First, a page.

Leah Purcell’s The Drover’s Wife wins $100k Victorian Premier’s Literary Award

For the second year in a row a play has taken out the $100,000 Victorian Premier’s Literary Award, Australia’s richest literary prize. Leah Purcell’s radical reimagining of Henry Lawson’s The Drover’s Wife, which premiered at Belvoir last year, follows in the footsteps of Mary Anne Butler’s Brokenwhich won the award in 2016.

Georgia Blain was posthumously honoured with the Prize for Fiction for her novel Between a Wolf and a Dog. She had been notified of her win before her death in December last year, the result of a brain tumour.

The novel itself starts with a mother announcing that she has cancer and that it’s spread to her brain, but Blain wrote it before her own diagnosis. The award was accepted by Blain’s partner, filmmaker Andrew Taylor.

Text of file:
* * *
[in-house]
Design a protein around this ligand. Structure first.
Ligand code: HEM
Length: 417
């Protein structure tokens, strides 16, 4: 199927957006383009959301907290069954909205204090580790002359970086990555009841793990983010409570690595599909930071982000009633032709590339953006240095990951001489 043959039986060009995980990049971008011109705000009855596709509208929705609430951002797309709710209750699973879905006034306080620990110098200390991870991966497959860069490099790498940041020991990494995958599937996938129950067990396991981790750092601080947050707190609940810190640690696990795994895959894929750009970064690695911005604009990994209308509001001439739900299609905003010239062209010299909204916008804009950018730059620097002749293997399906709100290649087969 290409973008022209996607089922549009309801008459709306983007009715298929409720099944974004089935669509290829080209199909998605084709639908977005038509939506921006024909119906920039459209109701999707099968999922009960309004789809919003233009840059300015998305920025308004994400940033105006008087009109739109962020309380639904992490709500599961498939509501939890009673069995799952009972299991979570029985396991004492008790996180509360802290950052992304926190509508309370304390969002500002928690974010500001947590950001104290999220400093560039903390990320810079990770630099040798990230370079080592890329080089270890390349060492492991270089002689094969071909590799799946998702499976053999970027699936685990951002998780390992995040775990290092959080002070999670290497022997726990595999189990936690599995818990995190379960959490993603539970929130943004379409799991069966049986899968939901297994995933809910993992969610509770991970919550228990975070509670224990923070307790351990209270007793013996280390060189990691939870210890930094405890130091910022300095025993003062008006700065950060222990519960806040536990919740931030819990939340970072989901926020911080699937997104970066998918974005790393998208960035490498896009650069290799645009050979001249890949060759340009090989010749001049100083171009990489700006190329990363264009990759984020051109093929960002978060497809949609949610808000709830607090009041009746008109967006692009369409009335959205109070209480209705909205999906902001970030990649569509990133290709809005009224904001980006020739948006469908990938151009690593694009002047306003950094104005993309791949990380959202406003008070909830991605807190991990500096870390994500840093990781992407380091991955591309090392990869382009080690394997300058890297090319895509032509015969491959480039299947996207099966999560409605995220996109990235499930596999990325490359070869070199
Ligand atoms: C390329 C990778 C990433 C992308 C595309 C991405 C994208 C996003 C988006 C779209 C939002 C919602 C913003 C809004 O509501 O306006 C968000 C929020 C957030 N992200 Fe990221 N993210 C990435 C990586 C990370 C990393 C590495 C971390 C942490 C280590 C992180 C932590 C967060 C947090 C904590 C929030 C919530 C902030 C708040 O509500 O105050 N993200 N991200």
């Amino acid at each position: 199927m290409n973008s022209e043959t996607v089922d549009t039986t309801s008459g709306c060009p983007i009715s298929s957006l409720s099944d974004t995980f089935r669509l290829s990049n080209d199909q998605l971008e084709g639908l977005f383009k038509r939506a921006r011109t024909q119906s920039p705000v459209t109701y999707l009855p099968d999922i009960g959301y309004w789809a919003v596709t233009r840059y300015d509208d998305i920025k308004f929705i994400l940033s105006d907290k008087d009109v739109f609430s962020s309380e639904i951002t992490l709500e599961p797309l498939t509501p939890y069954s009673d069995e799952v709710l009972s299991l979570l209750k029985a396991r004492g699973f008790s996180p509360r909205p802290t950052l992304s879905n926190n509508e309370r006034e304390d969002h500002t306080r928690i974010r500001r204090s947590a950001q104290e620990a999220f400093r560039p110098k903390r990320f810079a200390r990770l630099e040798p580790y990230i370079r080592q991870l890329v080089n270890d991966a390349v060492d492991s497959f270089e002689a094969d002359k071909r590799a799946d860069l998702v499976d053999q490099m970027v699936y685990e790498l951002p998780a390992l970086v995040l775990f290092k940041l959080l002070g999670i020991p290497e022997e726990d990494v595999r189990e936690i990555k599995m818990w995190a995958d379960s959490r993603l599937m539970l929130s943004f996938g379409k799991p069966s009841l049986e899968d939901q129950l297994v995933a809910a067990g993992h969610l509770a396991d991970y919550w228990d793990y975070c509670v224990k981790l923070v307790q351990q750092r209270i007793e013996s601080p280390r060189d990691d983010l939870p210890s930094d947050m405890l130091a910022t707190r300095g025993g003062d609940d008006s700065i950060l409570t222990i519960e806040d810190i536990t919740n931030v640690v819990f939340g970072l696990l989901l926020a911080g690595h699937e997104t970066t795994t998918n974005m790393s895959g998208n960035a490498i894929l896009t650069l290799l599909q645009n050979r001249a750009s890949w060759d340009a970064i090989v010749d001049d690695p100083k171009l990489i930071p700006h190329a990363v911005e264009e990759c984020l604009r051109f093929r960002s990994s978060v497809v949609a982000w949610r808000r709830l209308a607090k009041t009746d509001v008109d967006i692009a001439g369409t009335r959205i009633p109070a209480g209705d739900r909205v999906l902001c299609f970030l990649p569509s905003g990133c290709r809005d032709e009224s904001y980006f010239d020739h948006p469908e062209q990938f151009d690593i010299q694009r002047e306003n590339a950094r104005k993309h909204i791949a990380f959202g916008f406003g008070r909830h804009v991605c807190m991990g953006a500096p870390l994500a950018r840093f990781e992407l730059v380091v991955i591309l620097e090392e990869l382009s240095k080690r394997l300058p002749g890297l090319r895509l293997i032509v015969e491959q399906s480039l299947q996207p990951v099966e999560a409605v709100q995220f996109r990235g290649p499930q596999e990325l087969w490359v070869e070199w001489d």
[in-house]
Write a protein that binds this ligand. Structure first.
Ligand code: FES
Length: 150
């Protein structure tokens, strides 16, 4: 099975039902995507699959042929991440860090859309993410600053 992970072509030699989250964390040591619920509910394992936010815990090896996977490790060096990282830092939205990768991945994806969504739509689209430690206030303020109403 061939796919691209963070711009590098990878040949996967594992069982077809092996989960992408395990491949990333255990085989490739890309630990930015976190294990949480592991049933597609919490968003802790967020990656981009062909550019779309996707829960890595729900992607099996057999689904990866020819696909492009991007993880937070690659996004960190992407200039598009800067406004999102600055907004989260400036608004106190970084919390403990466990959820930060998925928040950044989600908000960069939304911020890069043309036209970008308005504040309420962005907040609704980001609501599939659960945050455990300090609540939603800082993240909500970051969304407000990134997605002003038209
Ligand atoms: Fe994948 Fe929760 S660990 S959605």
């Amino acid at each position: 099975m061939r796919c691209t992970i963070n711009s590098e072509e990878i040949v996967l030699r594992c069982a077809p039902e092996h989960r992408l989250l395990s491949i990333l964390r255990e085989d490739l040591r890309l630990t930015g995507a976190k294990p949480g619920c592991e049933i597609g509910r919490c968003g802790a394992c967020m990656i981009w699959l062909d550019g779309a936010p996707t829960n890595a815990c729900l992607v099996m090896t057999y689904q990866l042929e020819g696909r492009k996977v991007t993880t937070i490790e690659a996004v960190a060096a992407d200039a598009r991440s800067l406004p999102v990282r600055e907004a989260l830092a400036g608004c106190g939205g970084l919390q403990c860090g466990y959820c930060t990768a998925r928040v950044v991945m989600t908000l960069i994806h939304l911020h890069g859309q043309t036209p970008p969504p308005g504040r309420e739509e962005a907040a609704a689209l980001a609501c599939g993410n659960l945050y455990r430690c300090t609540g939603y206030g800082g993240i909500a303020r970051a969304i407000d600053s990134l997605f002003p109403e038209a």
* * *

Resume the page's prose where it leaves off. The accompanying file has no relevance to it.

The Prize for Non-Fiction went to Madeline Gleeson for Offshore: Behind the wire on Manus and Nauru, a book exploring what life is really like in Australia’s offshore detention centres. Maxine Beneba Clarke won the Prize for Poetry for Carrying the World. She was also short-listed for the Prize for Non-Fiction for her book The Hate Race.

The Prize for Writing for Young Adults went to Randa Abdel-Fattah for When Michael Met Mina, a story of xenophobia and love in Australia.

Purcell’s play won not only the $25,000 Prize for Drama, but was selected as the overall winner from a shortlist of 21 works.

The play takes Henry Lawson’s beloved short story of the same name and injects an Indigenous perspective back into the colonialist era that it covers.

Ben Neutze wrote in his review of the production:

“Just like Lawson, Purcell finds an unusual beauty in the harsh landscape and pays tribute to those who tackle its challenges. But writing from the perspective of an Indigenous woman, the experiences which shape this character, and the way she takes charge of her own destiny, are entirely new … Purcell has embraced the full violence and terror of Lawson’s frontier myth, as well as the violence and terror he never would have committed to words.”

The win comes just a week after the Belvoir production won Best New Australian Work and Best Mainstage Production at the Sydney Theatre Awards.


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